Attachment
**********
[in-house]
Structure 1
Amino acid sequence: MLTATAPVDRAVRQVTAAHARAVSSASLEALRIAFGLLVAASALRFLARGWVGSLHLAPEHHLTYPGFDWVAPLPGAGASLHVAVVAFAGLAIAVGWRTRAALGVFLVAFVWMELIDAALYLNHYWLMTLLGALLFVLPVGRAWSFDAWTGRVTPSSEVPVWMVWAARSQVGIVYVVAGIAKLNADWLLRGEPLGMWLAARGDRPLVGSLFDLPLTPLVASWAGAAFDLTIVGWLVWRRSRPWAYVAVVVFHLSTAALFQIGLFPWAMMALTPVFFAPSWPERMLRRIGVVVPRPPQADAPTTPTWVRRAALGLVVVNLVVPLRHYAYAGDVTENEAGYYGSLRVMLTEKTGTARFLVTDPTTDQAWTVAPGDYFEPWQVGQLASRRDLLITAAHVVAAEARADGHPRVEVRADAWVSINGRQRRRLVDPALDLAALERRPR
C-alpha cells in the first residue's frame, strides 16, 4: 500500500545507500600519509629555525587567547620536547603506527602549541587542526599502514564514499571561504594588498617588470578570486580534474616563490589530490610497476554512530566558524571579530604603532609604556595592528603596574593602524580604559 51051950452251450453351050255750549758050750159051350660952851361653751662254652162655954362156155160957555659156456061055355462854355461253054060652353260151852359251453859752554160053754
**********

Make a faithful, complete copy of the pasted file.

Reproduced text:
[in-house]
Structure 1
Amino acid sequence: MLTATAPVDRAVRQVTAAHARAVSSASLEALRIAFGLLVAASALRFLARGWVGSLHLAPEHHLTYPGFDWVAPLPGAGASLHVAVVAFAGLAIAVGWRTRAALGVFLVAFVWMELIDAALYLNHYWLMTLLGALLFVLPVGRAWSFDAWTGRVTPSSEVPVWMVWAARSQVGIVYVVAGIAKLNADWLLRGEPLGMWLAARGDRPLVGSLFDLPLTPLVASWAGAAFDLTIVGWLVWRRSRPWAYVAVVVFHLSTAALFQIGLFPWAMMALTPVFFAPSWPERMLRRIGVVVPRPPQADAPTTPTWVRRAALGLVVVNLVVPLRHYAYAGDVTENEAGYYGSLRVMLTEKTGTARFLVTDPTTDQAWTVAPGDYFEPWQVGQLASRRDLLITAAHVVAAEARADGHPRVEVRADAWVSINGRQRRRLVDPALDLAALERRPR
C-alpha cells in the first residue's frame, strides 16, 4: 500500500545507500600519509629555525587567547620536547603506527602549541587542526599502514564514499571561504594588498617588470578570486580534474616563490589530490610497476554512530566558524571579530604603532609604556595592528603596574593602524580604559 51051950452251450453351050255750549758050750159051350660952851361653751662254652162655954362156155160957555659156456061055355462854355461253054060652353260151852359251453859752554160053754